LEADING DEPARTMENT CAUSES OF ACCULTURATIVE STRESS AMONG INTERNATIONAL STUDENTS AT A SOUTH JERSEY PUBLIC INSTITUTION
M.A. Higher Education
Educational Services and Leadership
College of Education
Stephanie Lezotte, Ph.D.
Committee Member 1
Andrew Tinnin, Ed.D.
Committee Member 2
Tyrone, McCombs, Ph.D.
Educational Leadership | Higher Education
The study in this paper was conducted at Rowan University, a South Jersey public institution founded in 1923. The purpose of this study was to collect data regarding various university departments that might cause and affect acculturative stress in international students and determine which area has the greatest impact on the students’ stress levels at the university. During the 2022-23 academic year, I distributed an anonymous online survey to the majority of Rowan international and domestic students, both undergraduate and graduate, to better understand their perspectives of specific campus resources and departments. In this paper, I state my questions as it pertains to my research, discuss the research and considerations concerning this topic, and elaborate on my study’s approach and execution. By using crosstabulations to analyze the collected data, it was found that among specific areas and departments, housing, accessibility to specific food products, and the students’ experience locating various campus resources were perceived as the most difficult areas for international students to acclimate to during their initial transition process. In comparing these results against those of the domestic students, it was found that the most common difficulty for all students was in locating various campus resources, with the largest difference being their experience with admissions processes. The students’ gender and residential status within the campus were also recorded to determine external factors in the causes of acculturative stress.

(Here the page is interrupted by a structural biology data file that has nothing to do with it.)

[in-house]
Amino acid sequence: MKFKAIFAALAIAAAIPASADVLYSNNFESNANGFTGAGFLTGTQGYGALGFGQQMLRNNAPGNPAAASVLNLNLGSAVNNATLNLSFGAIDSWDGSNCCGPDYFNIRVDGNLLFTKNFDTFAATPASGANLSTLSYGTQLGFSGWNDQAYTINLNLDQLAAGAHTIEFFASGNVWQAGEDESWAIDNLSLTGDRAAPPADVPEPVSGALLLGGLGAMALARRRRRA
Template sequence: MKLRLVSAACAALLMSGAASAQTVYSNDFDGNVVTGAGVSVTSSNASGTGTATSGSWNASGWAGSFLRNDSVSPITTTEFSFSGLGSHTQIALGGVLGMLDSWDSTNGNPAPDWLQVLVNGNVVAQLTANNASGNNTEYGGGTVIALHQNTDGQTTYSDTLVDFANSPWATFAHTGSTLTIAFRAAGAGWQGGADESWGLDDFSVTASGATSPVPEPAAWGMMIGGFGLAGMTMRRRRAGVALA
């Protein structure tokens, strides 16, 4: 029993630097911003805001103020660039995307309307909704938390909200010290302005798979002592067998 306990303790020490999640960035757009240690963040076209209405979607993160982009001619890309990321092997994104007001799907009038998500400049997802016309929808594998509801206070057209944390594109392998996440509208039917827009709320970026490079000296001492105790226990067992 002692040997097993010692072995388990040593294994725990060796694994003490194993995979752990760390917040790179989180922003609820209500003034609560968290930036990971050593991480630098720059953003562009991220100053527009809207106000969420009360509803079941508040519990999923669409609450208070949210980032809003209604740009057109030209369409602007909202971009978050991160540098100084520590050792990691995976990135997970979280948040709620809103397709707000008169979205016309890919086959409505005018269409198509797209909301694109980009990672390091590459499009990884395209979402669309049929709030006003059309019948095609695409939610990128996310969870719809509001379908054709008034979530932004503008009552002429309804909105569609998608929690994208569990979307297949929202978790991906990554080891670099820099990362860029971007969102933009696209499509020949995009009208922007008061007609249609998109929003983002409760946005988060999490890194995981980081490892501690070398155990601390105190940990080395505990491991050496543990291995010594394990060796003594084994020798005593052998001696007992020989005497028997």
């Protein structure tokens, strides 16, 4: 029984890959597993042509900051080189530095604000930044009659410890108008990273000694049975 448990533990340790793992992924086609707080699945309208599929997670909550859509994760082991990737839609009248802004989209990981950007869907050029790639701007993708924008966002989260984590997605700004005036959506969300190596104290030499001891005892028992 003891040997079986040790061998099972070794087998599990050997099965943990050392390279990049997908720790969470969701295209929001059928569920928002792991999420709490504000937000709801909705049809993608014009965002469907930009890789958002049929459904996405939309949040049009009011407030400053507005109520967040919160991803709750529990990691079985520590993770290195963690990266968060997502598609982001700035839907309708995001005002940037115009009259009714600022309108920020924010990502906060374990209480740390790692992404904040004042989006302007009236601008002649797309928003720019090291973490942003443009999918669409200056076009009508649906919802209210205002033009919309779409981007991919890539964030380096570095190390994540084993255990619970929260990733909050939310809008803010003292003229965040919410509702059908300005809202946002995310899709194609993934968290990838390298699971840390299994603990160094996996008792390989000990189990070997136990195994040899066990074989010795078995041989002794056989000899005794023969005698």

McFerren, Meagan Kathleen, "LEADING DEPARTMENT CAUSES OF ACCULTURATIVE STRESS AMONG INTERNATIONAL STUDENTS AT A SOUTH JERSEY PUBLIC INSTITUTION" (2023). Theses and Dissertations. 3110.